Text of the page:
6. Nyal, thanks so much for posting so much great info. Learning a lot.

    Some questions. If I am understanding the baffle wall concept correctly, the speakers used should NOT be regular in-wall speakers (those designed with dog legs), rather on-wall, boxed or floor standing types? The idea is to decouple the LCR from the baffle wall area, attaching them to the wall itself would defeat that purpose or am I confused? lol

    Further, when you refer to the “baffle wall”, is that the area around the LCR layered with gypsum and MDF and the cavity wall directly behind them stuffed with R19? Is the area above and below the LCR (anything outside the AT screen outline) left uncovered and unstuffed? Is that what you did in your showroom?

    Thanks again for your help.

    1. No reason why you cannot use in-walls. The baffle wall in this case is just a more “beefy”, low resonance version of a typical wall.

      A baffle wall can take many forms. Some are solid wall-to-wall and floor-to-ceiling, others may be partially open to let the air get behind the wall and use the space available as a bass trap of sorts.

  7. For a flat baffle wall with dome tweeter speakers (e.g., Triad in-walls) can you toe-in the speaker around 15 degrees without significant negative effects (e.g., diffraction) and retain the intended 2pi gain? Or does that require an angled baffle wall? Thanks.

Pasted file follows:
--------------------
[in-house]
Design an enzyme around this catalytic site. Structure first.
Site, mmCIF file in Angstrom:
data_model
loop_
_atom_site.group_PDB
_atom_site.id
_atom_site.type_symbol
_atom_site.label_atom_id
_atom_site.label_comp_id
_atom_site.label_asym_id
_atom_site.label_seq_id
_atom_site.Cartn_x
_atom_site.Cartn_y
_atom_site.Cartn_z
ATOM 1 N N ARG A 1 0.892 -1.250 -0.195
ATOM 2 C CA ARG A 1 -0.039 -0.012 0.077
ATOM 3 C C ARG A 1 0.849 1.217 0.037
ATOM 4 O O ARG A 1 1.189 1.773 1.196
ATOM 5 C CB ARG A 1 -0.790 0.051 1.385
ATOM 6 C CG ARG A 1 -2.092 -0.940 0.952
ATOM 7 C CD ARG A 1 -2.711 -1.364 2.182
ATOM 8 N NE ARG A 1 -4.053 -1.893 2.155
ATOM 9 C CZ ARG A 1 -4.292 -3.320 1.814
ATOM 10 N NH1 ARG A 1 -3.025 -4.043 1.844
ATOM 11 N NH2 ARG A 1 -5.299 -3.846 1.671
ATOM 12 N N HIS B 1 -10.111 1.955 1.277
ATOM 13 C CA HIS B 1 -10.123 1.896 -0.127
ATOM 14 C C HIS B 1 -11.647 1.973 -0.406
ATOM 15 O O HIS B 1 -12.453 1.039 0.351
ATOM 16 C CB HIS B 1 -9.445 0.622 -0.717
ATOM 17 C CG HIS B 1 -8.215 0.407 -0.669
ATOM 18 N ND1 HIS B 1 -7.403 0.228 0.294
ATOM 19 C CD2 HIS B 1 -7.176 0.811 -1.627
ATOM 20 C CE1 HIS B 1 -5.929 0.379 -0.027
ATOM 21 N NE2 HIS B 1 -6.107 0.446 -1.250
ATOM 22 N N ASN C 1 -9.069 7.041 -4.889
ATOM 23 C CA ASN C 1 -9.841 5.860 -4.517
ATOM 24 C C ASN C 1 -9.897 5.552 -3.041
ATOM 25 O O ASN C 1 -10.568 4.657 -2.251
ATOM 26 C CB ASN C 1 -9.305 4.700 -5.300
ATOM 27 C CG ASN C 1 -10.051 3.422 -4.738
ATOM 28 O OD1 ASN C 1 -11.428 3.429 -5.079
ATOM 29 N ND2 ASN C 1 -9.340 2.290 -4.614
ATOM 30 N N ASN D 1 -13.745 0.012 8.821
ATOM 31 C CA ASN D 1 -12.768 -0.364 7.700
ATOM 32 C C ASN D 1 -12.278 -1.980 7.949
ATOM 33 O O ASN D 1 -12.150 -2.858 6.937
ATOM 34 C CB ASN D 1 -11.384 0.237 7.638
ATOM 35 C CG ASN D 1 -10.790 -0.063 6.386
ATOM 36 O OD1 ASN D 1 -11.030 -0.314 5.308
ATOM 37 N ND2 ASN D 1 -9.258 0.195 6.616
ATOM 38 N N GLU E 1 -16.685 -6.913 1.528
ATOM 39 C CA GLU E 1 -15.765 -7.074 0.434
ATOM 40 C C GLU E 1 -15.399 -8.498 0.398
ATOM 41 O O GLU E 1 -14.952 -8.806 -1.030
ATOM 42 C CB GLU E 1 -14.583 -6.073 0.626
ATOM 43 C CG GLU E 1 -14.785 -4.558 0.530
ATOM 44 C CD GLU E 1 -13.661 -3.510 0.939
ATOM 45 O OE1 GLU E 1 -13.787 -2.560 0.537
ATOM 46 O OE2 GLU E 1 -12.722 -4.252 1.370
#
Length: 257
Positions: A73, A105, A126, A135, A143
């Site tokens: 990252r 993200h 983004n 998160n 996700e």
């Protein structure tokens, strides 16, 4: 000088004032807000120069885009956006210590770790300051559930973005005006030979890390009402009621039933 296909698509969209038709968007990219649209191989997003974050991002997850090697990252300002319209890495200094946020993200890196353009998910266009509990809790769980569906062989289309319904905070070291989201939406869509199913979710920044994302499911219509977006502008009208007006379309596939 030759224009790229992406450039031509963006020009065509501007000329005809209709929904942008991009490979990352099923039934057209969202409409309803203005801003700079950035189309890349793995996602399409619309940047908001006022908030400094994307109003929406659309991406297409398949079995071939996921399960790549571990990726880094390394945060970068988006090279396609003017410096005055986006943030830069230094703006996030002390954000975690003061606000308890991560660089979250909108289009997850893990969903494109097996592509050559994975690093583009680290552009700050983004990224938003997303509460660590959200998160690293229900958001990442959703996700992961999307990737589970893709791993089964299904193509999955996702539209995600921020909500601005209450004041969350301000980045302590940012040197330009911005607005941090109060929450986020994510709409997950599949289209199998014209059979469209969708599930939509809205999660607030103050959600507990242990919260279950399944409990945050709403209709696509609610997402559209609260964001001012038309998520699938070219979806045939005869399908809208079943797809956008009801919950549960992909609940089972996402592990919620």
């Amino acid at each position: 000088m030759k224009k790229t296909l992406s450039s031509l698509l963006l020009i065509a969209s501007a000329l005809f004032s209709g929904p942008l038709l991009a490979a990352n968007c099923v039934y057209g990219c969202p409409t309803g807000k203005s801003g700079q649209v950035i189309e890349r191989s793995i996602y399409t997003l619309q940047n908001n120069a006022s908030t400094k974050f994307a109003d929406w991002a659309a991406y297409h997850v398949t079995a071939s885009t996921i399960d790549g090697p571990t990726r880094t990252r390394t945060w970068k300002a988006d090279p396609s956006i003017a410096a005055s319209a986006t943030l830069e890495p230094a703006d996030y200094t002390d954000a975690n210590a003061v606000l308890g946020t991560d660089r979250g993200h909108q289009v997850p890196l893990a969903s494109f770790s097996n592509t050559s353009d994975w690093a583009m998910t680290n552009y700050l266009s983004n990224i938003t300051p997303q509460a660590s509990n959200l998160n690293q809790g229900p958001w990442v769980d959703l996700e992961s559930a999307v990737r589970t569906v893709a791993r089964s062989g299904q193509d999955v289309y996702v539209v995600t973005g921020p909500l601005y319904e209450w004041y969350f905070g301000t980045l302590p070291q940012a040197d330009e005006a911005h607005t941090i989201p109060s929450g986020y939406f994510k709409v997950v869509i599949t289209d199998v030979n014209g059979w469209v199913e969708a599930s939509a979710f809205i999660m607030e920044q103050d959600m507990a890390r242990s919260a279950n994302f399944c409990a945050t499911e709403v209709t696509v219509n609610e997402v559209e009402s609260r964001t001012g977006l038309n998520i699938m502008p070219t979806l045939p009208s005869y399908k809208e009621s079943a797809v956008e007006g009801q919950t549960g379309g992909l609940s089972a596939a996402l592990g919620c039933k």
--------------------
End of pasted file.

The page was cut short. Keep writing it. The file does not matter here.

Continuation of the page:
8. Hi,
    first of all: excellent information on your website – thanks for sharing!

    I´m about to start building my own home cinema soon.
    With regards to the baffle wall: what would the construction look like for a curved screen?
    Plan is to have a 1,3′ width screen with a 10% curve.
    Would you build a curved baffle wall behind that or would you stay with a straight one?
    Regards, Thorsten

    1. Most curved screens are designed to mount on a flat wall, so I would build it flat. You could do a curved wall, in which case I would do a separate screen wall to the speaker baffle wall.

      1. Thanks for the quick reply.
        First: of course it should read 13′ in my post above, not 1,3′ 😉
        I´ll build the curved screen by myself, it will be a curved wood construction.
        So i guess i´ll go for a curved baffle wall as well. I think i´ll build it as a couple of angled, flat segments.
        Is there any detail that would need special attention in your opinion because of the curved design`?